Startup Ube Management, whose founders include former CEDIA CEO Utz Baldwin, plans November availability of free Android and iOS apps that deliver Wi-Fi and cellular control of more than 200 IP-based home electronics and home-control products. The compatible products range from smart TVs and set-top boxes to garage-door openers, thermostats, and planned Ube-brand lighting dimmers and smart power outlets. The lighting dimmers and smart outlets are due in March. The technology eliminates the need to install a central processing unit to control multiple home systems and eliminates expensive programming, which often involves the mixing and matching of different hardware and software standards, the company said. Ube’s system will therefore bring down the cost of home control to mass-market prices, the company continued. “By moving the intelligence into the device, where it belongs, these smart energy devices enable simple, intuitive smartphone control of home lighting and other appliances,” Ube said. The company is using seed money from founders and angel investors to launch the apps, and it plans to raise additional money to launch the Ube-branded hardware.
ADS Security (ADS), a local security company, has merged their primary service, home security, with home automation to offer a new high-tech home control system service with security at its core. ADS Home Control delivers home security and home automation packaged together and remotely managed from anywhere on a mobile device. "ADS is proud to offer a home automation service from a company that has always had safety and security as its primary focus," said ADS President and COO, John Cerasuolo. "ADS Home Control merges seamlessly with our core business, home security, to offer an ideal home management experience." ADS Home Control saves homeowners time, money and energy by allowing them to manage their home when it's convenient for them. Whether at home or away, residents can arm or disarm their security system, lock or unlock doors, and adjust lights, thermostat and small appliances. Home control systems help reduce energy bills by letting homeowners make instant adjustments to the thermostats and lights. Automatic adjustments can also be set by customizing home control schedules.
A recent survey reveals many retailers aren't exactly where they want to be with their IT technology, including digital signage. These five tips can help. Retailers realize the important role IT technology, including digital signage, will play in their continued success, but many say they aren't using technology to its full potential. Those are two important findings of a newly released survey from CompTIA, a non-profit association for the IT industry. The report "Retail Sector Technology Adoption Trends Study," finds that 72 percent of retailers surveyed see technology as important to their business -a level that is expected to grow to 83 percent by 2014. However, only 7 percent say they are exactly where they want to be with the use of technology. Twenty-nine percent say they are close to their ideal application of technology. The study also reveals that digital signage is seen by retailers as an important part of their IT mix. The CompTIA study finds a third of retailers said they currently use digital signage, and 20 percent intend to begin doing so soon. Seventy-one percent of respondents said the most popular application of digital signage was for announcements of sales and other promotional offers. Given the survey findings regarding satisfaction with how well technology is being used and the importance of digital signage to retailers, the need for some advice on how to make the most out of digital signage technology seems apparent. These five tips should help put retailers on the right track. View full article:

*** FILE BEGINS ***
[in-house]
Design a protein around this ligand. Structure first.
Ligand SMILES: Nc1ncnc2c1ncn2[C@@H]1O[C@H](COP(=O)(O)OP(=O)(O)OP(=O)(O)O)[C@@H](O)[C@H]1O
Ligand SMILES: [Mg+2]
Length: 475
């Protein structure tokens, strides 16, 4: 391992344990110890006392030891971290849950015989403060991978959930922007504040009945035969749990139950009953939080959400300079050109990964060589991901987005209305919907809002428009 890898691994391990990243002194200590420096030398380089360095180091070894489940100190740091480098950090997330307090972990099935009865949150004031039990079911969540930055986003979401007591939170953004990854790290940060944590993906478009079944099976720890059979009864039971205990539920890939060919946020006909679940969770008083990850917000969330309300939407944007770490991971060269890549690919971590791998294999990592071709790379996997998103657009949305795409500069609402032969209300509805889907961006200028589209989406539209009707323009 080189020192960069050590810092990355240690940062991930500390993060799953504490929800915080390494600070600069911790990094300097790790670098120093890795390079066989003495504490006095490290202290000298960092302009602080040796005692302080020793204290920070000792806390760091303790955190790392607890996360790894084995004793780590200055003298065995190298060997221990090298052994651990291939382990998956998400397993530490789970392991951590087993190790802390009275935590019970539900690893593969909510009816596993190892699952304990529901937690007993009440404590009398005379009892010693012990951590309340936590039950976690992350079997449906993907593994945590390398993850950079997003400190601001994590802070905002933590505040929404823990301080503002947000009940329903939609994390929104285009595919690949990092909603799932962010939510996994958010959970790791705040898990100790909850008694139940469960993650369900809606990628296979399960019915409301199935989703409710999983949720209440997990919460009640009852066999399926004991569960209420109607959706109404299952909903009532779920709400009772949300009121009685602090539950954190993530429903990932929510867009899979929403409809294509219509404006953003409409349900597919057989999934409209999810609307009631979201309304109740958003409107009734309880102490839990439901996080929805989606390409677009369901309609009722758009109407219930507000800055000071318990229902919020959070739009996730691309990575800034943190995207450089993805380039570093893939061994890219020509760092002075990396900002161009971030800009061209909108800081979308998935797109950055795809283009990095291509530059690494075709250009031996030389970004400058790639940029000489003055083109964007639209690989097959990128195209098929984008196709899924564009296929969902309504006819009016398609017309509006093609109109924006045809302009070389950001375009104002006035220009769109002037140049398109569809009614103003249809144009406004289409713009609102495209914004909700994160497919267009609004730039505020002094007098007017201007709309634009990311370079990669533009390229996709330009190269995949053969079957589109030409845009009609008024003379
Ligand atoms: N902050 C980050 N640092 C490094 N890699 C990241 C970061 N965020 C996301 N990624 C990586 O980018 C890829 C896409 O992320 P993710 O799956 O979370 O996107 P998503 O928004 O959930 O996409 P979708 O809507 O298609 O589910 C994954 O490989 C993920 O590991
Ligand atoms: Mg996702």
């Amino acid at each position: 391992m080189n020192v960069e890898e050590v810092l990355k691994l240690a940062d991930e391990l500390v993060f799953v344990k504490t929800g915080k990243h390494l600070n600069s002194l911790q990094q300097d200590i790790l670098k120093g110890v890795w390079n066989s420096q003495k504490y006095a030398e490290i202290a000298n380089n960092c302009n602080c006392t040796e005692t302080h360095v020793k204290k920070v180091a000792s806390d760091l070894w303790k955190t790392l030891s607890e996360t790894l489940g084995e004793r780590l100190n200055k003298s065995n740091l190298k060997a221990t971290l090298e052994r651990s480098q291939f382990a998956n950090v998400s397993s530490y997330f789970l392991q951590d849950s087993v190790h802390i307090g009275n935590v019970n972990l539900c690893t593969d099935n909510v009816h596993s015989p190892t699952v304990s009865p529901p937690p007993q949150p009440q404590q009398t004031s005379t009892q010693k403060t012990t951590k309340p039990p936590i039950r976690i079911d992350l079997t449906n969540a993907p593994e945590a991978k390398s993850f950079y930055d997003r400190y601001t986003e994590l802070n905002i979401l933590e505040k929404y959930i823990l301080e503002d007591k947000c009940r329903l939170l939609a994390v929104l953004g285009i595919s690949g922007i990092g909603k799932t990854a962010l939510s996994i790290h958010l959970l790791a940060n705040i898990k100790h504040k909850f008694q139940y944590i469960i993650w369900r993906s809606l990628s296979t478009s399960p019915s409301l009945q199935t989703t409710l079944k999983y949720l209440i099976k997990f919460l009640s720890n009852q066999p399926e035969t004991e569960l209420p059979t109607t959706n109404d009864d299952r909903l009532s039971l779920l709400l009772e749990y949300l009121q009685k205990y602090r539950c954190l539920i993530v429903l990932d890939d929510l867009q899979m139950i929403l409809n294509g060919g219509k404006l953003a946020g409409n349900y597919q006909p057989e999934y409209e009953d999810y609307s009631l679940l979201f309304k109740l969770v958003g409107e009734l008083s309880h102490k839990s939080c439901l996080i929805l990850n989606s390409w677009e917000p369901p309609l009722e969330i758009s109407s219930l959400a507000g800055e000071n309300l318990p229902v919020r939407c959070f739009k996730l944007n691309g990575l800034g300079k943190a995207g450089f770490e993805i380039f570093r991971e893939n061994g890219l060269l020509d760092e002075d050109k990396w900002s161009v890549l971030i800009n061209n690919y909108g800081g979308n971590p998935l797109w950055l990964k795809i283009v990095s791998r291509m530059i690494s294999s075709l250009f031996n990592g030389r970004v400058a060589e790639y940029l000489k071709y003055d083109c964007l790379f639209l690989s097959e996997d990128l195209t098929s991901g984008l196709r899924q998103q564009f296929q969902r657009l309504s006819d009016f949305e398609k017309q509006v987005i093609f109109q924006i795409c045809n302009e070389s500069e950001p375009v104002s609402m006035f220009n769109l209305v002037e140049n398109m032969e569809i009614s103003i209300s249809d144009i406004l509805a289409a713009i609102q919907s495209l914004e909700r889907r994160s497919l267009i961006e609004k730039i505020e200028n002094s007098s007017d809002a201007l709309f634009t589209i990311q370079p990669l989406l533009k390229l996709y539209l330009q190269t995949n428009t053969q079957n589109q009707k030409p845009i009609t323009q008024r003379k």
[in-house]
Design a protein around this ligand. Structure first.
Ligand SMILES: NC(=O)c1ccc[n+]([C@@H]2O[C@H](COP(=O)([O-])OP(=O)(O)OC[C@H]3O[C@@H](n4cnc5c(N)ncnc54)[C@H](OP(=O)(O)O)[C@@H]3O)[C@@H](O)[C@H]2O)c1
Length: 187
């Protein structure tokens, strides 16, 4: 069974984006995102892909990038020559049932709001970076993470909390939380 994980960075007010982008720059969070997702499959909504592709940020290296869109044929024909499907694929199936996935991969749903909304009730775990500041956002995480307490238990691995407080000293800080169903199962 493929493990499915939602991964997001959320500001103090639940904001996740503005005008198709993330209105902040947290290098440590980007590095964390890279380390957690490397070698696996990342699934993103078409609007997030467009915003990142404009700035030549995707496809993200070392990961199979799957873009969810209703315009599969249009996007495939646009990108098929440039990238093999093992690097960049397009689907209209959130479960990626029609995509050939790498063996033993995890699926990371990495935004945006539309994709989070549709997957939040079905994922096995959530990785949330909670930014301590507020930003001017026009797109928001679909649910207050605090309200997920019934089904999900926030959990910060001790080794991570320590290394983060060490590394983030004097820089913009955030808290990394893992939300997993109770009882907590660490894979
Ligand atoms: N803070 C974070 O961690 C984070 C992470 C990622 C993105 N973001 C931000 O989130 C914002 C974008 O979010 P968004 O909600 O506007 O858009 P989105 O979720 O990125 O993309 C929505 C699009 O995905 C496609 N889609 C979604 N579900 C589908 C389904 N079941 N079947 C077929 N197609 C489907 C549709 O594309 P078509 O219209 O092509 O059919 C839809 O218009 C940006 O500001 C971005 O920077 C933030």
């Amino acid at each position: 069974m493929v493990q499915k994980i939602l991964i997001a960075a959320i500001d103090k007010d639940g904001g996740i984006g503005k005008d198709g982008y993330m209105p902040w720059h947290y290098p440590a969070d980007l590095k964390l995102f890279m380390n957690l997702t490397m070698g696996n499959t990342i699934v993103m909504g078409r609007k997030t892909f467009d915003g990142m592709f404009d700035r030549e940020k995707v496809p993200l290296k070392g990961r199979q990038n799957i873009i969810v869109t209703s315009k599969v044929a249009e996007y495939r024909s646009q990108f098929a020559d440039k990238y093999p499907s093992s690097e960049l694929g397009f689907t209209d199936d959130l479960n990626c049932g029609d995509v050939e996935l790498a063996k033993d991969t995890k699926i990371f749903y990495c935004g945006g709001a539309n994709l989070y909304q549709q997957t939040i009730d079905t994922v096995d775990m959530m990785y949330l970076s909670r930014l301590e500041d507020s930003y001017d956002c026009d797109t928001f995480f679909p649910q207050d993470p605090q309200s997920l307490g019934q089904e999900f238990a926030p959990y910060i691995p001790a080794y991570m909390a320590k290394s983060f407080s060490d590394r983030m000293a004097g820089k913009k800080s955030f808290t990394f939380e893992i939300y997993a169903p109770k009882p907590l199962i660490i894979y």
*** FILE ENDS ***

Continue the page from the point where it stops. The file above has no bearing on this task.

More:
Mobiplug Networks Inc., a recent TechStars Boulder 2012 graduate, has secured $2.7 million in Series A funding led by Foundry Group. Additional strategic investors include Bullet Time Ventures, SK Ventures, Social Leverage, Clarion Direct Investment, and others. The company also named seasoned entrepreneur, Tim Enwall, as new Chief Executive Officer. As part of the round, Foundry Group's Ryan McIntyre will be joining Mobiplug's Board of Directors. Fresh out of TechStars Boulder 2012 summer class, Mobiplug offers an affordable all-in-one home monitoring and control solution. Mobiplug makes the smart home a reality for mass market consumers with easy-to-use iPhone and iPad apps, enabling hundreds of off-the-shelf smart household items from retailers such as Amazon, Home Depot, Lowe's, and Best Buy. The Mobiplug applications, associated web services and enabling equipment allow homeowners to achieve comfort, convenience, peace of mind and conservation right from their smartphones, home or away, with a single application experience. These services will also be available to developers who want to create their own immersive home monitoring and control experience.
Records 736 to 750 of 1503
The HCE III Tx/Rx HDBaseTâ„¢ extension system offers full HDMI 2.0 compliance supporting HDR (High Dynamic Range) and 4K@60Hz with 4:4:4 chroma sampling. Featuring PureLink's proprietary Pr©cis codec, a light compression technology, the HCE III can transport Ultra HD/4K, multi-channel audio, and High Dynamic Range (10 bits support) content over a single CATx cable. The HCE III provides HDMI extension up to 130 feet (40 meters) at Ultra HD/4K and up to 230 ft. (70 meters) at 1080p over category cable with embedded multi-channel audio, CEC pass-through, bi-directional RS-232 and IR control, and PoE - all with zero loss and zero noise. The HCE III Tx/Rx also supports Dolby TrueHD, Dolby Digital Plus and DTS-HD Master Audio plus LCPM (up to 192 kHz). Additionally, the low profile "slim box" enclosure design make the HCE III ideal for limited space installation environments, such as behind flat panel displays and video walls.